Ella Enchanted is one of those books from my childhood that I adore. Ella has been given the “gift” og obedience: forced to follow ANY and EVERY command given to her.
If you have never read this book, you should do so. Gail Carson Levine is an amazing writer. The movie that they made went in a completely different direction than the book. The book is more serious and has a much better fantasy grounding.
A lot of kids today have never read this book. They know of the movie before this book. But I am telling you know, put this Cinderella retelling in their hands.
“This magical story begins on an island far away where an imaginary friend is born. He patiently waits his turn to be chosen by a real child, but when he is overlooked time and again, he sets off on an incredible journey to the bustling city, where he finally meets his perfect match and-at long last-is given his special name: Beekle.”
I read this book last year before it won The Caldecott. I loved it then and I love it now! Beekle is so adorable and I love the art. The contrast between the real world and Beekle’s world was well decided. It pulls on my heartstrings the way Beekle goes in search of his friend.
Children will definitely appreciate the imaginative drawings and vivid colors. It is a sweet story that I recommend for young preschoolers.
In honor of the 25th Anniversary, we will be revisiting The True Story of the Three Little Pigs. First off, I really love this pairing. The illustrator’s aesthetic is so quirky and off beat and the authors sense of humor is in sync with my own. This is one of those iconic books that everyone should read.
One of the aspects I love about the story, and the story can be read multiple ways, is that villain doesn’t see himself as a villain. Beside Rumpelstiltskin, who I have already admired in his own post, being a hero and a villain is simply a matter of perception.
I had forgotten how much I love this book. It often gets over shadowed by the Stinky Cheese Man but it is a cute read, worthy of children with quirky senses of humor.
OMG, OMG, OMG. Let me tell you about this book. Molly Idle is a genius!
Tea Rex is singularly the most adorable and hilarious book ever.
“Some tea parties are for grown-ups.
Some are for girls.
But this tea party is for a very special guest.
And it is important to follow some rules . . .
like providing comfortable chairs,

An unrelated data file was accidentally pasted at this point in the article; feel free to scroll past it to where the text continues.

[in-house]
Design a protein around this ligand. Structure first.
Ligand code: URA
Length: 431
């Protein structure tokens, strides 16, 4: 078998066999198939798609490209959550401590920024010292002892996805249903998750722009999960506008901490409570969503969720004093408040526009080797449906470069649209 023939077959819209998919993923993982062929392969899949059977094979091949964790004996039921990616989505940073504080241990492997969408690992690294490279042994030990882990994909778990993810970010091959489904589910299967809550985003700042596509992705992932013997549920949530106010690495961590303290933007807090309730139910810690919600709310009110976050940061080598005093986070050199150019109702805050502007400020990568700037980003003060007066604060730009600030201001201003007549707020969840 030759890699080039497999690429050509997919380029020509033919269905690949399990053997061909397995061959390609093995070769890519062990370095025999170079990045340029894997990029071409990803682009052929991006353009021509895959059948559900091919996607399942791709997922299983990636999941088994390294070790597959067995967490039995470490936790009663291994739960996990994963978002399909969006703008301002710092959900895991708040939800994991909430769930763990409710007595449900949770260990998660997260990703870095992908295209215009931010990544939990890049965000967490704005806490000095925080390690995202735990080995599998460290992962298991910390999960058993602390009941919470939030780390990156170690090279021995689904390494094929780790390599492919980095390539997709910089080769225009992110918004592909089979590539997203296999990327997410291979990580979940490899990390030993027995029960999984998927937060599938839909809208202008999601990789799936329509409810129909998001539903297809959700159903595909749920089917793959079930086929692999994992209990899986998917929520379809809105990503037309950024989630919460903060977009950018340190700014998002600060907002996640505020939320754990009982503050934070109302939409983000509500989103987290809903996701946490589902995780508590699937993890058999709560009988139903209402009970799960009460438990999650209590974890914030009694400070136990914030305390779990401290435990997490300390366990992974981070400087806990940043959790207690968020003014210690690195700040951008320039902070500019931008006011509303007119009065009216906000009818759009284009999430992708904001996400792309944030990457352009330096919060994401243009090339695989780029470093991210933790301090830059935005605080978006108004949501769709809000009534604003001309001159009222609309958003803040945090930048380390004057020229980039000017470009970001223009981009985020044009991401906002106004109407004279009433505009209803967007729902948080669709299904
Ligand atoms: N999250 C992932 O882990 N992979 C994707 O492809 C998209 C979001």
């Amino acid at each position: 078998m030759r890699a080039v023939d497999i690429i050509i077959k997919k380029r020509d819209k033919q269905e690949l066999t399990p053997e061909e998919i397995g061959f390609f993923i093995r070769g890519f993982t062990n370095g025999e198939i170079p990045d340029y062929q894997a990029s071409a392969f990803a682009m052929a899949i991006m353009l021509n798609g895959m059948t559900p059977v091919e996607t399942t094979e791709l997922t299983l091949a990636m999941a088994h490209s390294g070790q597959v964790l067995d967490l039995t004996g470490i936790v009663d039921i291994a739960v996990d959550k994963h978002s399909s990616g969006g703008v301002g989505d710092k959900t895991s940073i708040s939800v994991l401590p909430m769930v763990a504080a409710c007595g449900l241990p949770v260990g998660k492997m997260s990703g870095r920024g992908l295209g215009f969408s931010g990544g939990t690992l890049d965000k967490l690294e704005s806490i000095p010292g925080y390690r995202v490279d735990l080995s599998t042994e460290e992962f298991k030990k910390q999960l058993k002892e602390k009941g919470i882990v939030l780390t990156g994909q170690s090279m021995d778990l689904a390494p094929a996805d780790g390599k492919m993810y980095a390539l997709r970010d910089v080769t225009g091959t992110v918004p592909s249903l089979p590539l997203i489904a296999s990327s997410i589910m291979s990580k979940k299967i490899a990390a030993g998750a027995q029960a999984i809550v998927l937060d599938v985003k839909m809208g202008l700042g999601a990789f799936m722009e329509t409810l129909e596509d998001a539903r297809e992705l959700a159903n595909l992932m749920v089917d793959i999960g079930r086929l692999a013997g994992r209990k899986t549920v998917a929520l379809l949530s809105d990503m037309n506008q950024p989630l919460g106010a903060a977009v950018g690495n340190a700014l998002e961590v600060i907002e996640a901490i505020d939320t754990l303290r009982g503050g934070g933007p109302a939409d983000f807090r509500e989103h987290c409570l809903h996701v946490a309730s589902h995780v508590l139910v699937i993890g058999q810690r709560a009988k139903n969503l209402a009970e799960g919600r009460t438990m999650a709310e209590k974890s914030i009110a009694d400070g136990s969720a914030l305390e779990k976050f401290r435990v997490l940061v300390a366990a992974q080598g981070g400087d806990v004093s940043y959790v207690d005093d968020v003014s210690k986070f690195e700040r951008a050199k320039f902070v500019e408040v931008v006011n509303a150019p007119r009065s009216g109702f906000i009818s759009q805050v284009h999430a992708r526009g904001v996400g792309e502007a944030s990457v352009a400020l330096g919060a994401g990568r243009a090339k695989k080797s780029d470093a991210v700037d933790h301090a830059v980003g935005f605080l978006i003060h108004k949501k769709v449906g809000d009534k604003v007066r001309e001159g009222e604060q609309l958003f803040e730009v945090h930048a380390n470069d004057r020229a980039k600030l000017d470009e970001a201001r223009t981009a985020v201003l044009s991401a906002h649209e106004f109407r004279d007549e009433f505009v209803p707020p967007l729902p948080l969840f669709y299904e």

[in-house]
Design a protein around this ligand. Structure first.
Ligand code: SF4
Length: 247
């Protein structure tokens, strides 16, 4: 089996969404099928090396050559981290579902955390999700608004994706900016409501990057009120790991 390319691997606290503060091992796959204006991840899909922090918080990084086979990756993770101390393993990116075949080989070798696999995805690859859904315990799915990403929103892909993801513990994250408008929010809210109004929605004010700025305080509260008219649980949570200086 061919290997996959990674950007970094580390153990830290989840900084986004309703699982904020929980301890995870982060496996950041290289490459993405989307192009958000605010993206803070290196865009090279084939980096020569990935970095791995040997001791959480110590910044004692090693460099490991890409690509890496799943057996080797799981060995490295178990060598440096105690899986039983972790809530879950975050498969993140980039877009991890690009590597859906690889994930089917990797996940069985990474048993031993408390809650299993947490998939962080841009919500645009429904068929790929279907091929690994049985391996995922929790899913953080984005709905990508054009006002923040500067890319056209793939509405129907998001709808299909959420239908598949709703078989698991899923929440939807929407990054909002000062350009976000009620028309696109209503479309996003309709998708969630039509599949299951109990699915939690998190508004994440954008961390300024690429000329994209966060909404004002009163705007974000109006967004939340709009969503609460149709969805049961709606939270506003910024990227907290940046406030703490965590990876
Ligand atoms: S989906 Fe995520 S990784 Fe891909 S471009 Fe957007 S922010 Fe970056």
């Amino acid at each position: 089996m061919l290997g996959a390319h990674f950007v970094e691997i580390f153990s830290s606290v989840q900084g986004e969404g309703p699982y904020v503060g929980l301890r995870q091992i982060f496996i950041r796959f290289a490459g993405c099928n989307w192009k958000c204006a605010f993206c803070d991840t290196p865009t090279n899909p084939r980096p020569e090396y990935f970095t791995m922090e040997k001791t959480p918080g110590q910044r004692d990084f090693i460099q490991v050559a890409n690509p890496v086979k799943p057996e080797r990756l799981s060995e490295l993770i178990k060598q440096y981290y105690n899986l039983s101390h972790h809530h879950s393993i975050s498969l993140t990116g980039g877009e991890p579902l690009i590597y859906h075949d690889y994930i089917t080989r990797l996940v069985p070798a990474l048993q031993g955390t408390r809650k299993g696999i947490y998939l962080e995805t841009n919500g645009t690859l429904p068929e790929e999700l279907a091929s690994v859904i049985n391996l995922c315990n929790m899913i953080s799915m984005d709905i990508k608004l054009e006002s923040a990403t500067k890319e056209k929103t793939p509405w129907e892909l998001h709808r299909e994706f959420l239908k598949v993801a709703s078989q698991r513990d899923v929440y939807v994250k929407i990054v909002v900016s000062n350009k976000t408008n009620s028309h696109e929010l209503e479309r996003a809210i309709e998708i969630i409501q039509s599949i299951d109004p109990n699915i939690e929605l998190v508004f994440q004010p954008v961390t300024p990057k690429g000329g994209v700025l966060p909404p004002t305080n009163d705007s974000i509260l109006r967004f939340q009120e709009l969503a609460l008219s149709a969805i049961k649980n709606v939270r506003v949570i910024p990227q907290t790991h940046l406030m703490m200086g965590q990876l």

and good conversation,
and yummy food.
But sometimes that is not enough for special guests,
especially when their manners are more Cretaceous than gracious . . .”-Flap Copy
When I first saw the F&Gs (folded and gathered book sheets, aka the unfinished version of a picture book), I knew I needed this book. Check out the first page:
These Emily Post style tips are juxtaposed with the little girl trying to apply it to T-Rex. Little kids and adults will love the whimsical color pencil illustrations and the silly juxtaposition.
So I have decided to do my own version of Throwback Thursday and look at books from my past or the back-list (aka, not new within the last year). These posts will probably be a mash up book review and my thoughts on how I might repurpose it.
To commemorate the inaugural post of the series, I am going back to elementary school and the only book I would ever check out. If you read some of my previous posts, you might notice I am a little ballet obsessed. Truth? If things had gone differently, I would be an anorexic ballerina now and not the brilliant YA addict that I am. So without further ado, I present Of Swans, Sugarplums and Satin Slippers.
It is a collection of classical ballet stories (Swan Lake, The Nutcracker, Giselle, etc) written by Violette Verdy and illustrated by Marcia Brown. I LOVE this book. My first memory of going to a library involves this book. I would always go to the school library and pick this out. Nothing else.
Now that I am older, I still love it…but I would change things. My aesthetic is very different. I love whimsical drawings, and I am a fan of detailed drawings. Brown’s illustrations just aren’t working for me.
For a picture book, it’s long. I mean 86 pages long. (As I am sitting here looking at the book, I feel like this explains so much about why I was an advanced reader. My favorite PICTURE book was 86 pages longs with several pages WITHOUT pictures.) The stories are wonderful and detailed, but it really doesn’t fit.
If I had the opportunity to republish this book, I would break the stories into their own books, and get paper engineer, Yevgeniya Yeretskaya, to illustrate.
I would then do a compiled version, more like this book, that features the text along with some of the best illustrations.
Of Swan, Sugarplums and Stain Slippers remains my one of my favorite picture books, even if it is 86 pages long.